NASA's Curiosity rover finds 'Cacao’, a special Meteorite on Mars
The iron-nickel space rock named 'Cacao’ was found on Mars by NASA’s Curiosity.
It's not uncommon to find meteorites on Mars. In fact, NASA's Curiosity Rover has done it a couple of times already. But this one is special as it is made of iron nickel. This unique meteorite is known as “Cacao”. NASA's Curiosity Rover discovered an iron-nickel meteorite on January 28, 2023 on Mars. The meteorite, estimated to be around 1 foot or 30 cm in size, was found in the sulfate-bearing unit of Mount Sharp. This is just one of several meteorites Curiosity has come across during its exploration of the Red Planet.
Why are NASA scientists studying meteorites? To learn details about how our solar system evolved into the planets we see today and how meteorite impacts could affect our future.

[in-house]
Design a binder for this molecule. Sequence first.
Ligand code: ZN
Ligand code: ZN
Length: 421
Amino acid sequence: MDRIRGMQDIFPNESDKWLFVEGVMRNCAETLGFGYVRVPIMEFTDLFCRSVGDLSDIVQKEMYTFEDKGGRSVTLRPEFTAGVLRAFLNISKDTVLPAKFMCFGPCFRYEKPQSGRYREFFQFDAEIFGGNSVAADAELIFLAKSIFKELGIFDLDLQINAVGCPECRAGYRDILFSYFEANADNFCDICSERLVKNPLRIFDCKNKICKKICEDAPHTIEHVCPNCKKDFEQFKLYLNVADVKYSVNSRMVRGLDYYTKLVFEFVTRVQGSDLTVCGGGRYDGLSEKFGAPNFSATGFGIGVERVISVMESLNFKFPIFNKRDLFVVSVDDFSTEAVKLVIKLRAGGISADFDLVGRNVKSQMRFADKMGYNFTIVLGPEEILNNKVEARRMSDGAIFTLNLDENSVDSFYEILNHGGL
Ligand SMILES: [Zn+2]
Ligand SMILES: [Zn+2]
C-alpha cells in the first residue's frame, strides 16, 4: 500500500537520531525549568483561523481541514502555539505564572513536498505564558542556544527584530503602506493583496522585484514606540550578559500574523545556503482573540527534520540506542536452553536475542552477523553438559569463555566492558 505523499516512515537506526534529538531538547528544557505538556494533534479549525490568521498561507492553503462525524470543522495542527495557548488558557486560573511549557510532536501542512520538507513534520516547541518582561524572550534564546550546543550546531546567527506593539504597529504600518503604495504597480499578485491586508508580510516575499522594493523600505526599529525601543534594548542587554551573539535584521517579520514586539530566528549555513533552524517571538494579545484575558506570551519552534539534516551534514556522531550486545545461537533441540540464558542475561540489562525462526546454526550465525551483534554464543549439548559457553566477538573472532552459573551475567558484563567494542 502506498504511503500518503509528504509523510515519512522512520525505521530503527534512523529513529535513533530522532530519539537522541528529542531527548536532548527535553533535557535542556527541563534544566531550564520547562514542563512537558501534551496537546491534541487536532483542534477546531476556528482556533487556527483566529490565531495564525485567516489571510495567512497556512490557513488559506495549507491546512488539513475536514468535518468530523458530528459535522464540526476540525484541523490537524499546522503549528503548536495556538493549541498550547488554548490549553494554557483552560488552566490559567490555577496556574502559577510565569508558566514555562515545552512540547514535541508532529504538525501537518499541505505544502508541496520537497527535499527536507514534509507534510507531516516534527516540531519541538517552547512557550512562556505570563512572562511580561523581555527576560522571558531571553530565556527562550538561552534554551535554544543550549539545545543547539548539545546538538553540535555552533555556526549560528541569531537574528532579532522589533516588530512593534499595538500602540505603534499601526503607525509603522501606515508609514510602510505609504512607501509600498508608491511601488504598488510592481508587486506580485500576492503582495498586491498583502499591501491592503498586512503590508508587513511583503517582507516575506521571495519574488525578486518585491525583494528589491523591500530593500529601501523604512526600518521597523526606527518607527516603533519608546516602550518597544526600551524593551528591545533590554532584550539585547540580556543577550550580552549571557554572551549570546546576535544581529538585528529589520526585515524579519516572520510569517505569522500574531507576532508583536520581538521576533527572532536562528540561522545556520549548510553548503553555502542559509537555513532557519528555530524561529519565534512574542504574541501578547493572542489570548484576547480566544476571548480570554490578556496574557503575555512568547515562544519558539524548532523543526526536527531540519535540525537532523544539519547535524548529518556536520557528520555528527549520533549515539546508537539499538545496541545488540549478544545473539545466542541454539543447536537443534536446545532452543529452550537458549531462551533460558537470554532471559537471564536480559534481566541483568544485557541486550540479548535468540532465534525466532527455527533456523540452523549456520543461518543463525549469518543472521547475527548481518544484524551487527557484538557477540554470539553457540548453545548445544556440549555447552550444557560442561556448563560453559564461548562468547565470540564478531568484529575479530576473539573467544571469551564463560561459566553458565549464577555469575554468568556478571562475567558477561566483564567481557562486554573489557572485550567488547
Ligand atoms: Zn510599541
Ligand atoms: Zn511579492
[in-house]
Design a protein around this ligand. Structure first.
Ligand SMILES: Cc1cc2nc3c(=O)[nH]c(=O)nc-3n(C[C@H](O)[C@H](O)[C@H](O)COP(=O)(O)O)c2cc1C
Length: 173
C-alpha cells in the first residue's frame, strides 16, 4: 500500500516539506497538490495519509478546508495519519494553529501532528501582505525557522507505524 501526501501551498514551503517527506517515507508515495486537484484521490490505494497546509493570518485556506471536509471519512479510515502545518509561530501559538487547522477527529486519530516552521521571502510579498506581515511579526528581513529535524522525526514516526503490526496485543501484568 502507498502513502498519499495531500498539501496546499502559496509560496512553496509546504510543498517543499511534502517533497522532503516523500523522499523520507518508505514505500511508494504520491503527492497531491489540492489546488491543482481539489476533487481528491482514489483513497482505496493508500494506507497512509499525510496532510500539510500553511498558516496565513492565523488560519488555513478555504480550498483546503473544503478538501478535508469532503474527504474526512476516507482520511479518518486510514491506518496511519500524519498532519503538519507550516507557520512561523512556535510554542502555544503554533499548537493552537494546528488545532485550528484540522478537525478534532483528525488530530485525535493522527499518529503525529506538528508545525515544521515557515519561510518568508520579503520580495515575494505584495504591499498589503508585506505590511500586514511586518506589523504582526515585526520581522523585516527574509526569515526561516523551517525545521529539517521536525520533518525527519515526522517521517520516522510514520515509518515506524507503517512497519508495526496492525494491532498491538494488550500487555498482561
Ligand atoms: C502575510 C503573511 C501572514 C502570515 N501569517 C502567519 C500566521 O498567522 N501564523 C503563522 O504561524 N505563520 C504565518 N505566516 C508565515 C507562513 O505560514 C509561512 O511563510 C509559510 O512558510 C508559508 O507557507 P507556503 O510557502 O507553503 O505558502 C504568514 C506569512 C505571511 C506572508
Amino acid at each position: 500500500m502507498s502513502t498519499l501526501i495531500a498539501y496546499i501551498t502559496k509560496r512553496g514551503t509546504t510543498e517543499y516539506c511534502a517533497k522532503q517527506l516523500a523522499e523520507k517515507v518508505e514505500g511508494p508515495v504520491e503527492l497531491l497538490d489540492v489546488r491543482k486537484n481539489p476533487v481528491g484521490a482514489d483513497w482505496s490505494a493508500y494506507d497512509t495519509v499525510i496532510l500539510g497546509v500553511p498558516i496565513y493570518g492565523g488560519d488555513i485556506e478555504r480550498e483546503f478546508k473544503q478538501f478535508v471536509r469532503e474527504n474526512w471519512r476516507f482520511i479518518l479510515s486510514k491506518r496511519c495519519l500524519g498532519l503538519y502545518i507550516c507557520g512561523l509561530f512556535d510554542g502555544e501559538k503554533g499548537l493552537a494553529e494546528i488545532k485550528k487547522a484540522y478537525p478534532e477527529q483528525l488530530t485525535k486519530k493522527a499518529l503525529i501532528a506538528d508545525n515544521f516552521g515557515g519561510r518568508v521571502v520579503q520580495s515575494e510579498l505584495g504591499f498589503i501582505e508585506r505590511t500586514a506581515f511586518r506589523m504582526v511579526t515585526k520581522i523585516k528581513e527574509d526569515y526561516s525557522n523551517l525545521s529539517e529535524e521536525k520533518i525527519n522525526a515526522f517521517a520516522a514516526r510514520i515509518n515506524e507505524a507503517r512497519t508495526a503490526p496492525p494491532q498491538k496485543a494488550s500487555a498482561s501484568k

Tech behind the image of metal Meteorite on Mars
The panoramic image was captured by Curiosity's Mast Camera (Mastcam) using a 100-millimetre lens. The final image is a composite of 19 separate pictures that were pieced together after transmission to Earth. The colour was adjusted to simulate Earth's lighting conditions as seen by the human eye.
NASA explained that the image is made up of six individual images captured by Mastcam's 34-millimeter focal length lens. After that, these images are combined together and were sent back to Earth.
More about NASA's Curiosity Rover
NASA's Curiosity Rover is a car-sized robotic rover that was launched by NASA in 2011 as part of the Mars Science Laboratory mission. The rover's primary goal is to explore the Gale Crater on Mars and determine if the planet has ever had the right conditions to support microbial life. Curiosity is equipped with a suite of scientific instruments and cameras that allow it to analyze the Martian soil, rocks, and atmosphere. The rover also has the ability to drill into rocks and collect samples for further analysis.
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